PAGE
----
Today, both Geddes and Stiteler serve on West's Treasury Advisory Board. Stiteler is chairman of that board, which provides the treasurer with policy advice on the $400 million to $600 million in state money that he is responsible for investing.

Jack Cross has been administrator of the three Little Funds since 1986. That was the year the funds decided to buy an office building.

From Fife Symington.
Cross says he just happened on then-developer Symington's office complex on Missouri Avenue, known as Ten Mo. He says no one told him about the complex--the discovery was purely coincidence.

The Little Funds paid $634,923 for one of the three office buildings in the complex.

As governor, Symington has been delighted with the Little Funds.
In 1994, Symington sent aide Kit Mehrtens to a Little Funds board meeting, where, the board's minutes say, the aide expressed his "willingness to help the Fund Manager with anything within his power with the exception of money."

Symington likes state agencies that run like businesses.
And for nearly ten years, Cross has run the Little Funds like a private enterprise. That's one of the attractions of his job, he says.

"We are not a state agency," he says. "We are a retirement fund. Our customers are the retirees and employers who pay into the account."

Today, 25,000 workers pay nearly 8 percent of their salaries into the system, and their employers kick in a like amount. About 5,500 retirees receive retirement benefits from the funds.

The funds have grown by 200 percent in the past decade. Cross likes to point out that total administrative costs are about $1 million, far less than 1 percent of the funds' assets. The retirement systems are also fully funded, which means there is enough money for current and future retirees.

The funds grew largely because they made conservative investments--stocks and bonds recommended by a professional adviser. Despite this proven success, the board decided to put up to 5 percent of its investments in real estate ventures in the 1990s. The decision was based in part on the contention that Geddes, a real estate investor, had the expertise necessary to help choose property investments, says Cross.

"I do not want people to think this is some sort of evil conspiracy over here and that we're trying to exclude anybody [from the real estate business]," Cross says.

He points out that the real estate deals are backed by first liens on land that is appraised for more than the loan amount. Which means that if the loans go sour, the retirement funds get the land. And the terms are good--for the retirement system. But he does admit that friends--"people we can trust"--get a lot of business from the funds.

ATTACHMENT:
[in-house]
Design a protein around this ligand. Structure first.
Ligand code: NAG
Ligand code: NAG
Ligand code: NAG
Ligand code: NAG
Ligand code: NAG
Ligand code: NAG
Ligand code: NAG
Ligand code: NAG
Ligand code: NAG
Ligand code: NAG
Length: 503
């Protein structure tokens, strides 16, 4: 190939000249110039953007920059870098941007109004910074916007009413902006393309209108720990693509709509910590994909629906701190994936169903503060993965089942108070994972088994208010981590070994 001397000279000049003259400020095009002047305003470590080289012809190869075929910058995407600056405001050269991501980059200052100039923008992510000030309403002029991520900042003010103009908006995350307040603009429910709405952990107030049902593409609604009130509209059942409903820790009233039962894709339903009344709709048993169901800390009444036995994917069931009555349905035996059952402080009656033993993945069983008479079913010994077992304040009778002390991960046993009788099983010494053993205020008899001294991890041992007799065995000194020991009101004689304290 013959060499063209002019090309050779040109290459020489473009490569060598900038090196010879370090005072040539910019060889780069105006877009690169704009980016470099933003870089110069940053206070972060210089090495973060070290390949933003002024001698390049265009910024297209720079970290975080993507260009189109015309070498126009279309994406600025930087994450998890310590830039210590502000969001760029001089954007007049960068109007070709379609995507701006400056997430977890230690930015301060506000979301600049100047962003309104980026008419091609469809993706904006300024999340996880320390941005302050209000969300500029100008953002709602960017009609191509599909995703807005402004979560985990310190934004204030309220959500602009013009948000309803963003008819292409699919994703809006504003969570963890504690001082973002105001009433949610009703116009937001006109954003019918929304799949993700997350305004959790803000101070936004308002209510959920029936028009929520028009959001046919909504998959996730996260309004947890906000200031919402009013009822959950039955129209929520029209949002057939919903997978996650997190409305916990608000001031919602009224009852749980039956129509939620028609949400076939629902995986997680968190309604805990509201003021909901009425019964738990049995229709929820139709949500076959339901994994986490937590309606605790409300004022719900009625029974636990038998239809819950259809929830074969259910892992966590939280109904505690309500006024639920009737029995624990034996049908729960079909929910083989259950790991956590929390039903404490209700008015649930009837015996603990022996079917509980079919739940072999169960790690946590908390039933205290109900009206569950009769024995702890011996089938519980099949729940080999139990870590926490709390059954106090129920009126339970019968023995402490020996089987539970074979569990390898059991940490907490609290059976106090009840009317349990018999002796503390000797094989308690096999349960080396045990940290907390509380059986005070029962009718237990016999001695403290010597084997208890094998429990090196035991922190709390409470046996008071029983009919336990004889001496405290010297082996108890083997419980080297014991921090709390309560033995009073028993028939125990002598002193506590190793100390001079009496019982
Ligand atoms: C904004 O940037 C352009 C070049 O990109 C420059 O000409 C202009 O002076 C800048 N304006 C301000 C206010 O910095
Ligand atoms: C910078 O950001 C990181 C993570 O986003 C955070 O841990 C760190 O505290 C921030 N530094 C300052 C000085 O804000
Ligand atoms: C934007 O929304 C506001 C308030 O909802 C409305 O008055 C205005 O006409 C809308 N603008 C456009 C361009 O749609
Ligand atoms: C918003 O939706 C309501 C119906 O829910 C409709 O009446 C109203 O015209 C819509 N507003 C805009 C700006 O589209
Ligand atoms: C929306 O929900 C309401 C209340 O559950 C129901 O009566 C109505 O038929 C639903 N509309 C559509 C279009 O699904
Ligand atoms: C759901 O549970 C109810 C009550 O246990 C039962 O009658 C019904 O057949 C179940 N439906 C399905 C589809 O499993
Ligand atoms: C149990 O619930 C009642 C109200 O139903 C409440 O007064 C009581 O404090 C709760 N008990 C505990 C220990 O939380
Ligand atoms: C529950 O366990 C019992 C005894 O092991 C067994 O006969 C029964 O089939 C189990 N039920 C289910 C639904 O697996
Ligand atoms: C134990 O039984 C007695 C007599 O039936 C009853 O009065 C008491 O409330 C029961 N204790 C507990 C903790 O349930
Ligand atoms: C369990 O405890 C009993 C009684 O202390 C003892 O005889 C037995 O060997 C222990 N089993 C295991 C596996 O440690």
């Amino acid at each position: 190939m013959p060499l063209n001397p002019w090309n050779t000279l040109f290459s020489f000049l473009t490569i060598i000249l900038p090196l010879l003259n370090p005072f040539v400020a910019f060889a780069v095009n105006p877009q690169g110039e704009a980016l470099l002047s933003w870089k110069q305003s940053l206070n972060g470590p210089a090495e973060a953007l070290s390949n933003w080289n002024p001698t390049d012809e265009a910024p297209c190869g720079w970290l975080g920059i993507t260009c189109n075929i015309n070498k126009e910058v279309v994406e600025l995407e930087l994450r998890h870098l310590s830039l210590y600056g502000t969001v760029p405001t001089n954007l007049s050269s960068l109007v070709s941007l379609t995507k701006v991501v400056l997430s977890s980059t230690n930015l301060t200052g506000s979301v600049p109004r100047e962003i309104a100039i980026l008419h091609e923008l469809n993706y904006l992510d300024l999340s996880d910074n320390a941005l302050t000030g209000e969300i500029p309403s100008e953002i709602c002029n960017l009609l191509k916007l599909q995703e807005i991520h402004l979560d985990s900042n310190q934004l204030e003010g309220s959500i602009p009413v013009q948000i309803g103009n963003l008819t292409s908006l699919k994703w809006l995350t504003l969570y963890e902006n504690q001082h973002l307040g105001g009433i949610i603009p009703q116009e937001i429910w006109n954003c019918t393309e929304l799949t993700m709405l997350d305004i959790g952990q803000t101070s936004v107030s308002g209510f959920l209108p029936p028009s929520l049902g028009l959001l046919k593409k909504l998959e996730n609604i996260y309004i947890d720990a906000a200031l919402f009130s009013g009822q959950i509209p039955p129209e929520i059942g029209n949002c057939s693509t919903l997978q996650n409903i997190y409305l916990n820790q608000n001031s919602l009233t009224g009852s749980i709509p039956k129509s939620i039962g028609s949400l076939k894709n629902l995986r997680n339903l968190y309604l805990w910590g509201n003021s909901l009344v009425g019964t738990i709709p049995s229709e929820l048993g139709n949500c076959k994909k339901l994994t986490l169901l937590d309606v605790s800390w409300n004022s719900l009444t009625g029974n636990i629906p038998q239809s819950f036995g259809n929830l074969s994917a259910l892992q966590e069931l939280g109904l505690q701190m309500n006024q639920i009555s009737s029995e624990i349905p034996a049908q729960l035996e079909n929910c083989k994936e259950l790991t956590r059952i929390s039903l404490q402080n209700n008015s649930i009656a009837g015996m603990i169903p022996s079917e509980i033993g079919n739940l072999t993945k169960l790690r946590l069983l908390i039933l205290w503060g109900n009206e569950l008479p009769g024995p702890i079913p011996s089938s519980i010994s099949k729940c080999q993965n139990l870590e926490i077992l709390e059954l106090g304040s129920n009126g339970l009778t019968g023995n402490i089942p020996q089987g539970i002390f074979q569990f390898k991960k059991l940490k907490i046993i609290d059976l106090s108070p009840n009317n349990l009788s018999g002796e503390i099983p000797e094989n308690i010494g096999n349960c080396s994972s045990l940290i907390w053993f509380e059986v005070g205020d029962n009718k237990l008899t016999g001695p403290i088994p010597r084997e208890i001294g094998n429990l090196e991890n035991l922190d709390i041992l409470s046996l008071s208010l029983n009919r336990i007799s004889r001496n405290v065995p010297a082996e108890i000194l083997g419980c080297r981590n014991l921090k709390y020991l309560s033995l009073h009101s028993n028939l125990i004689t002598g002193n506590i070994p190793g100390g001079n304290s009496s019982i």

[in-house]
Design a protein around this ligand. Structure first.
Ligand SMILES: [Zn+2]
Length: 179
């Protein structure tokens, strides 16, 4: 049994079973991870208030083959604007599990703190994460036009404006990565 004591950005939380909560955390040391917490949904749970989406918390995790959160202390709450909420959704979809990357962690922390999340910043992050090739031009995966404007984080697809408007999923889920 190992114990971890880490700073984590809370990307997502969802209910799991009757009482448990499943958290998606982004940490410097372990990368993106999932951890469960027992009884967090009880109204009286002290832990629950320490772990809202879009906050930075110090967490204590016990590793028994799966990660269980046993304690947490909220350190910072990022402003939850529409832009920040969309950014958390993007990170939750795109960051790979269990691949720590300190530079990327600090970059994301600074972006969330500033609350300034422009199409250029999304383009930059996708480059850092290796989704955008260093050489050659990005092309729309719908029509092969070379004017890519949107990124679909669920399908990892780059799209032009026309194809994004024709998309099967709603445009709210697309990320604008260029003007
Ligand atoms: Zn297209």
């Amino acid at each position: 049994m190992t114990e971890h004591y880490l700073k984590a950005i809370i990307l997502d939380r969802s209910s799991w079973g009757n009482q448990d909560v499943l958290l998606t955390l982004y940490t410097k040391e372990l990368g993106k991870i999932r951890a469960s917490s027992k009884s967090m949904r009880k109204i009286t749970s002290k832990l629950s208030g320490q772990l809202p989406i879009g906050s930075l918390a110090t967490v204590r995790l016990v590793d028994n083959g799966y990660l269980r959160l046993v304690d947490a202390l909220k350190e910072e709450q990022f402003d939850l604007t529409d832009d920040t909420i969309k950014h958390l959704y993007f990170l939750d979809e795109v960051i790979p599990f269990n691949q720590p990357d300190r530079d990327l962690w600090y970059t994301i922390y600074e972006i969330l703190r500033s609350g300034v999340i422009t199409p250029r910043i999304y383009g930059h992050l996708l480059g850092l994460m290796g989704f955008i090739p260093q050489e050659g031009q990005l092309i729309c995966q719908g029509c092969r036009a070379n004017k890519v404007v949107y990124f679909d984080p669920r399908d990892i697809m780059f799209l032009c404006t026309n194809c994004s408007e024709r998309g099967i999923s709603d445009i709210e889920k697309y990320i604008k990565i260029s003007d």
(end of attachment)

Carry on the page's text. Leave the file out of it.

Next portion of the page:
For instance, the broker who brings most of the real estate loans through the funds' door is Bruce Francis, a friend who played basketball with Cross at Coronado High School. Francis is a broker with Kennelly Mortgage and Investment, a Scottsdale firm. Neither Francis nor Cross recalls who first called whom about doing a deal. But Francis and his firm brought one of the very first non-stock-or-bond deals to the board in 1990.

And it proved to be disastrous.
And far-fetched.
Think corn, alfatoxin and the Mexican government.

The deal required a five-year, $195,000 "Venture Capital Investment" in Alfatec, an Arizona company claiming to have machines that could remove the fungus alfatoxin from corn. Alfatoxin is a natural fungus. When animals eat food laced with alfatoxin, it is released into animal by-products--like milk and meat. If alfatoxin levels are high enough, the animal products are not fit for human consumption.

Walker Cottonseed, a Casa Grande company affiliated with Alfatec, was to get another $355,000. The return for both loans was to be five or six times the original investment, the brokers predicted.

The reason: The cotton companies were just on the verge of signing lucrative contracts to clean corn for the Mexican government, Francis and Cross said.

Walker and Alfatec had been checked out by Kennelly, which considered them a good risk.

Board members Geddes and Moroney expressed concern about the deal. It just didn't smell right. At the time, state retirement systems were being pressured by the Legislature and state Representative Mark Killian to invest in risky venture capital. The chairman of the Little Fund board, a business professor named John Cochran, said he was feeling that pressure.

So the board voted that very day to approve the deal.
But the Mexican corn contract never came through. And there was significant confusion over the financial statements submitted by the Walker family and its companies.

By 1992, Alfatec was broke. The Walkers filed for protection under Chapter 11 of the Bankruptcy Code. The retirement funds wrote off the $195,000 Alfatec loan, and the Walkers are slowly paying off the $355,000--without interest. They still owe the funds $259,542.

The deal did not sour the board on Kennelly or Francis. They've brokered $25.5 million worth of loans to the retirement system. Francis says the borrowers paid his firm a maximum of 2 percent for obtaining the loans. Among the Kennelly deals is the $10 million PebbleCreek loan.

The 1991 loan went to PebbleCreek developer and Valley power broker Ed Robson and his family, along with their developing partner SunCor, which is affiliated with Pinnacle West, the parent company of Arizona Public Service Company.

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